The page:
Because digital camcorders can now write directly to a DVD, you then “rip” (i.e., extract) that content onto a computer where you store it and can edit, duplicate or back it up. You can rip (extract) songs from various CD’s, albums, DVD’s, etc. to your computer or DAP. You can then take all of that music and create your own playlists where you can organize your songs in many different ways (ex: rock / jazz / hip hop, etc.).
You can also rip those songs onto a DAP (PMP).
You use CD ripping software / programs to rip files from one device to another.
CD Ripping Programs / Software
also referred to as “CD ripper”, “CD grabber” or “CD extractor”. Basically, CD ripping is a software program that’s designed to extract digital audio from a CD to a file or other output.
MS Windows Operating System:
- Exact Audio Copy: Free for private use. Many enthusiasts choose this CD ripping program because of its features and extraction quality in comparison to most other digital audio extraction programs.
- Amazing CD Ripper: (Windows XP and Vista). A powerful and user-friendly software for ripping audio CD tracks and saving them into audio formats (MP3 ,WAV ,WMA, etc. Priced from $19.95 USD.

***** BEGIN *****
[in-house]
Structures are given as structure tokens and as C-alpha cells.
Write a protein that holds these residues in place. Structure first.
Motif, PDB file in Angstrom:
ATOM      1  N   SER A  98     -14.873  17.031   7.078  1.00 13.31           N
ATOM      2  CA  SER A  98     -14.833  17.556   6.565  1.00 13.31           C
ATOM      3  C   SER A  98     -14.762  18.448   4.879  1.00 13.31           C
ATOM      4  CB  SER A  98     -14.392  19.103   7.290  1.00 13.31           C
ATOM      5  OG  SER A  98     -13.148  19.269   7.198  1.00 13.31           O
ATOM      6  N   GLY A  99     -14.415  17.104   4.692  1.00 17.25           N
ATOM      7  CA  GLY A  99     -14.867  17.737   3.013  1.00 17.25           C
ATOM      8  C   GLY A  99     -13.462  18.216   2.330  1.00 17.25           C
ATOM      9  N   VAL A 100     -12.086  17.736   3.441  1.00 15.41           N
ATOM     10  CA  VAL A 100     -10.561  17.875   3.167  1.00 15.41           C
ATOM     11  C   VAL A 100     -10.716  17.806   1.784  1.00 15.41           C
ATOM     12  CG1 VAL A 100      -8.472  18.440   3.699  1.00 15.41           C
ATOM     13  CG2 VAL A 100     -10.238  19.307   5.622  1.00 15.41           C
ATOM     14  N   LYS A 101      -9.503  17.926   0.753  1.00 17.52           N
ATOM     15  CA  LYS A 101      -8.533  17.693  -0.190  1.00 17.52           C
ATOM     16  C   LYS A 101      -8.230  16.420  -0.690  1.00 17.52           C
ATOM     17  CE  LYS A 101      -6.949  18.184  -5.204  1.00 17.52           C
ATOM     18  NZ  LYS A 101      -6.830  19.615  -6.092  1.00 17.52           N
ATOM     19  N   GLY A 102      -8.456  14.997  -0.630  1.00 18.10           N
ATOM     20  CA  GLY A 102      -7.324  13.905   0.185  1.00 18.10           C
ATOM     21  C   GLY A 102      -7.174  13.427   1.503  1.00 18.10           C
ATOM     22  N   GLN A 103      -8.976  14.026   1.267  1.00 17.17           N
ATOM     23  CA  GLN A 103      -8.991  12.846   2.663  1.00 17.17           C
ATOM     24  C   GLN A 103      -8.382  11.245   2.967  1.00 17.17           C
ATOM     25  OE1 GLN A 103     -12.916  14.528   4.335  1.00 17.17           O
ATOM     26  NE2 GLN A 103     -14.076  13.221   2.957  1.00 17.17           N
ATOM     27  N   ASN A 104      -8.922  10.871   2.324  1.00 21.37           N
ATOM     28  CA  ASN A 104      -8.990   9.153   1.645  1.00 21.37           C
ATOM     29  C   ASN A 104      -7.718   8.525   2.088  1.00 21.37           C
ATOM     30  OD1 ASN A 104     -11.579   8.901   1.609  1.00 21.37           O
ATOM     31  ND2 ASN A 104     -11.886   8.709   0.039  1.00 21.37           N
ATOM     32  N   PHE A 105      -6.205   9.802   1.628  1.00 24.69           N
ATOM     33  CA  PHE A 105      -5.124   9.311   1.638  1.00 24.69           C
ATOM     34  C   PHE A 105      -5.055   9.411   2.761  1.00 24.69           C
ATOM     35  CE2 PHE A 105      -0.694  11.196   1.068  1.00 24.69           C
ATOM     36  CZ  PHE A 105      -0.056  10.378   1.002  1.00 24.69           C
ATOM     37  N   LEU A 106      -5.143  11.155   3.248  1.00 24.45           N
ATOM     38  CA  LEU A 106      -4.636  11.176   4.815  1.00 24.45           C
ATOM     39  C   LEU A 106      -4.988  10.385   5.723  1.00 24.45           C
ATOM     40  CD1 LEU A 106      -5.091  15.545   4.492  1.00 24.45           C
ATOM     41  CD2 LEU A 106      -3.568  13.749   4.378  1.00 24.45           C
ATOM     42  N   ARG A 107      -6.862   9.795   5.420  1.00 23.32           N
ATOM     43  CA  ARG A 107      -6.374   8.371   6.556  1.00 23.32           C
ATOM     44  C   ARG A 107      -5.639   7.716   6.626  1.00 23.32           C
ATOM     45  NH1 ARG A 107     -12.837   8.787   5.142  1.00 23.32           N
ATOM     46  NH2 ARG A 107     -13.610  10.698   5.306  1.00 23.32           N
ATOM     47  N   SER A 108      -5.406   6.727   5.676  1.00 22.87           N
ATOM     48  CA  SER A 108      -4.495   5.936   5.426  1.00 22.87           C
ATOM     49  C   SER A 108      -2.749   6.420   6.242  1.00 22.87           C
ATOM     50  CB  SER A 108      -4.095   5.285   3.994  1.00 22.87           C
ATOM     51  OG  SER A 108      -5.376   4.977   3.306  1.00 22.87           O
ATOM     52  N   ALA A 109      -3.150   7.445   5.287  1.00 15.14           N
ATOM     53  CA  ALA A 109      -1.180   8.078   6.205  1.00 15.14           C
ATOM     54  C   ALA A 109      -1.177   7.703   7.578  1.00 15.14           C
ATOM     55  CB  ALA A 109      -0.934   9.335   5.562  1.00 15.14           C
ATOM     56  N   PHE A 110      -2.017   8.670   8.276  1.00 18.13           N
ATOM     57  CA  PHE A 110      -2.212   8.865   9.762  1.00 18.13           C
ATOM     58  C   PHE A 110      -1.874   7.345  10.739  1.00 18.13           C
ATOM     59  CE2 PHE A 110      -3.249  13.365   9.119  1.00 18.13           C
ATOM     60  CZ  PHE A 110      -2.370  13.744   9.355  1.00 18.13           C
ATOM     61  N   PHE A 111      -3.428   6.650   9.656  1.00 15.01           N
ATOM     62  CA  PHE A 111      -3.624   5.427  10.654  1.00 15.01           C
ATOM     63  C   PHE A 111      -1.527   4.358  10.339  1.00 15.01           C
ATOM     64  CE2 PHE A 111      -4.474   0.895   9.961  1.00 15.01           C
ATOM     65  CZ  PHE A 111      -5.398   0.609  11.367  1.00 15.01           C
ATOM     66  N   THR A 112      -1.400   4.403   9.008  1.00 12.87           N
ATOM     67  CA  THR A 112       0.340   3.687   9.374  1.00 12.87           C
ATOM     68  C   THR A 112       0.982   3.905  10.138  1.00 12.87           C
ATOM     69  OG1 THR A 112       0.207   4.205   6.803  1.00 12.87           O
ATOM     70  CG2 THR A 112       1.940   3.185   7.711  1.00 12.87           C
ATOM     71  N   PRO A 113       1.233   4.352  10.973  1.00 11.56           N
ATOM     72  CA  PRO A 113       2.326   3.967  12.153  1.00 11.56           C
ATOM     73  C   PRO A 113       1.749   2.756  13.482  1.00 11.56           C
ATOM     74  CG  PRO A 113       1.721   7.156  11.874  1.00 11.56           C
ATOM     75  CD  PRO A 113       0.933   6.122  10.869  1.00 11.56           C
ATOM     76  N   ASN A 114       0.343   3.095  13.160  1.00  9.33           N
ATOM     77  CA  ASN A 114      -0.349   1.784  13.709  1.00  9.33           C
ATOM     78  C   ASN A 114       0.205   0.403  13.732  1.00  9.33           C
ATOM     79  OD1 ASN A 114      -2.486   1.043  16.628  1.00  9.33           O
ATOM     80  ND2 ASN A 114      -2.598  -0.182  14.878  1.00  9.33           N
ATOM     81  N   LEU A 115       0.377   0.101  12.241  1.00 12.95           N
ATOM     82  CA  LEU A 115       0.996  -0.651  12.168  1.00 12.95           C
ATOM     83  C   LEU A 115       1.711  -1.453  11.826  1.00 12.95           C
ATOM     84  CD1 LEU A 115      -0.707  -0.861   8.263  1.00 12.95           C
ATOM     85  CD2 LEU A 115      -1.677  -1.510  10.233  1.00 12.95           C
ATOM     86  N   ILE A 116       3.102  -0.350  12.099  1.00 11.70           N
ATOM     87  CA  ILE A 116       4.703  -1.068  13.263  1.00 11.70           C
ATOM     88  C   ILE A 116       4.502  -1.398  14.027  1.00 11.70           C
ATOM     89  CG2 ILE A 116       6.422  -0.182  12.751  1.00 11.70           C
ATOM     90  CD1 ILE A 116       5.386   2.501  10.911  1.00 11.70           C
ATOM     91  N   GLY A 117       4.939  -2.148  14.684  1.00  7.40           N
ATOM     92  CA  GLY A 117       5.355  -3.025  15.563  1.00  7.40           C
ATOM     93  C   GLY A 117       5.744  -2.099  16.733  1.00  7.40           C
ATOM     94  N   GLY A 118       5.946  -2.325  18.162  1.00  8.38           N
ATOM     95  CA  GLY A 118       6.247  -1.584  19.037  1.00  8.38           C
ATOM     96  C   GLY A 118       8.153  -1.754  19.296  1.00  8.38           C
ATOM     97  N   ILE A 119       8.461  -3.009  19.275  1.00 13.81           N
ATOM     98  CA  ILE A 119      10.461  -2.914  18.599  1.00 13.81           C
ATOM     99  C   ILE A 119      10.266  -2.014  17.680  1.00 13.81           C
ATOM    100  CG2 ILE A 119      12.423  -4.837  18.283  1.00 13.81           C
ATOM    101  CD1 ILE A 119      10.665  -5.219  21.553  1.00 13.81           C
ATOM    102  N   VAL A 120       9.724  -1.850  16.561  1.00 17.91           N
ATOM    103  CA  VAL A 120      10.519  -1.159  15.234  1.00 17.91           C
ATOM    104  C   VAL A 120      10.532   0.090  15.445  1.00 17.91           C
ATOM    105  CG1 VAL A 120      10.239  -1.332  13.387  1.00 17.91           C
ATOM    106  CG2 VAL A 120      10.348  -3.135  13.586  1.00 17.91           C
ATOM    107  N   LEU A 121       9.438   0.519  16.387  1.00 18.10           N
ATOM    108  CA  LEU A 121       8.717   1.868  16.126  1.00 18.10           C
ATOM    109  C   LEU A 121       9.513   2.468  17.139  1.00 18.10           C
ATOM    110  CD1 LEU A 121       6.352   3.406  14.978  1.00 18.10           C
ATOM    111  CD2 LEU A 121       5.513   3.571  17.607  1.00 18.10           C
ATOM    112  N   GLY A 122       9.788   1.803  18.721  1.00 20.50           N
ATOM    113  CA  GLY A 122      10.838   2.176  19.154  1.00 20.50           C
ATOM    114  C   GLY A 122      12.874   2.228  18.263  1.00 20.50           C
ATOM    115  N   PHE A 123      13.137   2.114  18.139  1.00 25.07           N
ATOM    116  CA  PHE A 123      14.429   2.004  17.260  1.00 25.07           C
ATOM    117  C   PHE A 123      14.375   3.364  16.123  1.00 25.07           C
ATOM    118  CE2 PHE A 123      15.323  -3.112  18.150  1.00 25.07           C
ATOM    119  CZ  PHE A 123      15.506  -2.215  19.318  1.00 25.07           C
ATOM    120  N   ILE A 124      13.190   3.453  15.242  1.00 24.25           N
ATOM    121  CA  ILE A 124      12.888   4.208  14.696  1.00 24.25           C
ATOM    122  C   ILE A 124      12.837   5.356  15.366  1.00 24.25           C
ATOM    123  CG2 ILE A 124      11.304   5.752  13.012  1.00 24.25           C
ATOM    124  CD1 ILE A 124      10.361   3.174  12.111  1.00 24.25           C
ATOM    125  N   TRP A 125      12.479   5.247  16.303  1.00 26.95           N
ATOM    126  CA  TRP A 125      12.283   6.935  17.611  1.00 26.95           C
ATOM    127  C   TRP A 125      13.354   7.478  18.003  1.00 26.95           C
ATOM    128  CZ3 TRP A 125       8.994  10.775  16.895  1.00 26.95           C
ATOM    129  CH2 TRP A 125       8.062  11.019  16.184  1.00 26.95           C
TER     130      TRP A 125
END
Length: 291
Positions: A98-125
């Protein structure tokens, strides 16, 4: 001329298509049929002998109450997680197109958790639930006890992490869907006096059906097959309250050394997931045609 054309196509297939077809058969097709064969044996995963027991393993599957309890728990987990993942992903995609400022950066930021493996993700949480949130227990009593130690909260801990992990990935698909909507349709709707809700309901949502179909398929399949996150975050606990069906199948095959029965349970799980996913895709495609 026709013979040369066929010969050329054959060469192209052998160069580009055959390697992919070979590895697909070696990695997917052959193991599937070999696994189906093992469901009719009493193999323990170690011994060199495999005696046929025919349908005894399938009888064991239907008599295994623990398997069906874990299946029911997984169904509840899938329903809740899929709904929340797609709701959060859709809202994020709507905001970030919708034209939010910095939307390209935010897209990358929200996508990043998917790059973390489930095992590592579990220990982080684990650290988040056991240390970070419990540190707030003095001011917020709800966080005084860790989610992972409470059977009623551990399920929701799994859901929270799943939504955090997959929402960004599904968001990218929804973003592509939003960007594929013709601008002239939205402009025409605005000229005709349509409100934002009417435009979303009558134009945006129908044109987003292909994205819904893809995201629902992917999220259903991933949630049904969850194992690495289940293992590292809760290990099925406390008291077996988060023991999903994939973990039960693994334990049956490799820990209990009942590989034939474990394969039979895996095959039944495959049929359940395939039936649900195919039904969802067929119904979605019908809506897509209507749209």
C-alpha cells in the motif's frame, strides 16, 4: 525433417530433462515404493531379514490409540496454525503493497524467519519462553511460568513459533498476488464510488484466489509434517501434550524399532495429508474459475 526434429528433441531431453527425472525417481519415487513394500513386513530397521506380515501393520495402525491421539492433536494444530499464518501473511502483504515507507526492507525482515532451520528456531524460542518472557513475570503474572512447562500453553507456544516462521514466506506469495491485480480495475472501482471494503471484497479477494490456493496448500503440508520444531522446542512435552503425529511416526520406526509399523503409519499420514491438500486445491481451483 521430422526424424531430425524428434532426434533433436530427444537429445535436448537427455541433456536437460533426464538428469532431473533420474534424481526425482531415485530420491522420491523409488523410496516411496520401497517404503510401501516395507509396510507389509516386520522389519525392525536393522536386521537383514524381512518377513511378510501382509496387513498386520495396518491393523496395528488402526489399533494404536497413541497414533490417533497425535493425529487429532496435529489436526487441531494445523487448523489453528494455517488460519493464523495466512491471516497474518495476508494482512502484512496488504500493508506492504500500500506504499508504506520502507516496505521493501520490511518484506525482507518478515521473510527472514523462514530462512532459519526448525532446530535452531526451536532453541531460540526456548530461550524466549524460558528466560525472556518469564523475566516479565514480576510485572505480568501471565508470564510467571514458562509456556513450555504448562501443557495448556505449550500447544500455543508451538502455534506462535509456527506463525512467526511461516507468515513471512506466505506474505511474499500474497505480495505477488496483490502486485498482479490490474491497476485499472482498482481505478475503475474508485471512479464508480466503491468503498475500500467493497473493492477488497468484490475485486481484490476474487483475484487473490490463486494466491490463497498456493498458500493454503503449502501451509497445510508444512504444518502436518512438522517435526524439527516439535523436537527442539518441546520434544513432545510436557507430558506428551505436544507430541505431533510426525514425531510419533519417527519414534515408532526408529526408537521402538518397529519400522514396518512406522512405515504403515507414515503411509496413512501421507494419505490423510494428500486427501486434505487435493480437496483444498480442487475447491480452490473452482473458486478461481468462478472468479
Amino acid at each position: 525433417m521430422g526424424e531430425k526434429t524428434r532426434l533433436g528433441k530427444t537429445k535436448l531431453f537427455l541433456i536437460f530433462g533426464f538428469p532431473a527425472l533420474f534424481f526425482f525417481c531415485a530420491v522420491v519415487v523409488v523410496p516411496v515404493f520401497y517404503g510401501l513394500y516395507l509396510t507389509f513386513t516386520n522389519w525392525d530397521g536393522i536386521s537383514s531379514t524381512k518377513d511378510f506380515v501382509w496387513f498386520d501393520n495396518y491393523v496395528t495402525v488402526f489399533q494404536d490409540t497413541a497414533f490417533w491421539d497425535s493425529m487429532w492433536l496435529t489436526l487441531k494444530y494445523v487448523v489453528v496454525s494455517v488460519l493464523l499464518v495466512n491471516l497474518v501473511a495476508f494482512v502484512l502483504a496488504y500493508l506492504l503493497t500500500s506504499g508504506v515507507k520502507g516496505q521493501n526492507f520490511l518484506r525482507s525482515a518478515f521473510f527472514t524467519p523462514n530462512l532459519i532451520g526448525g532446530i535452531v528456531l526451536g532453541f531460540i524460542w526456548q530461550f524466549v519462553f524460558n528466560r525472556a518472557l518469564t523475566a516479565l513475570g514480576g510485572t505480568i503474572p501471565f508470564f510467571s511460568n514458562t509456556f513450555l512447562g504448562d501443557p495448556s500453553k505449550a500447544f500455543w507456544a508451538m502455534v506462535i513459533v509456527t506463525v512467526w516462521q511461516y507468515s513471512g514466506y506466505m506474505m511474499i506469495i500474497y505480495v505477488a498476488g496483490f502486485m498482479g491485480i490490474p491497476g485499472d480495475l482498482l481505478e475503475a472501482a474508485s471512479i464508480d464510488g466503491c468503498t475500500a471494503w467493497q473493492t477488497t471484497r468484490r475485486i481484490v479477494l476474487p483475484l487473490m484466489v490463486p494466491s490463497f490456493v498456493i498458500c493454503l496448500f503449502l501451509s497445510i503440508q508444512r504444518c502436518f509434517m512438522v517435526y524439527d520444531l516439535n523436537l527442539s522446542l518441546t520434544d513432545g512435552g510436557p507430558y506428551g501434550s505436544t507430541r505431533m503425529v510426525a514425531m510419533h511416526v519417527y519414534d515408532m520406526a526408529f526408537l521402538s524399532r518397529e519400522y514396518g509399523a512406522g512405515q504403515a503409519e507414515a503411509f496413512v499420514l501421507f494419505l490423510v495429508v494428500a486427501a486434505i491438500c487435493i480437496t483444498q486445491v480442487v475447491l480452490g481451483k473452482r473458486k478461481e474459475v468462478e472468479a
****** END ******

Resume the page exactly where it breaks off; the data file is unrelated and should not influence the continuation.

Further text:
- iTunes (Mac OS or Windows): iTunes is a digital media player application used to play and organize digital audio (music) and video files. iTunes also manages the content on iPods. In addition, Tunes can connect to Apple Computer’s online iTunes Store where you can purchase digital music, music videos, TV shows, iPod games and even feature-length films
Linux Operating System:
- ABCDE (A Better CD Encoder): a CD ripper that’s operated entirely from the command line.
- Grip: a cd player and cd ripping program. Free (a GNOME project).
- Sound Juicer: extracts audio from CDs and converts it into audio files that PCs or DAPs can play.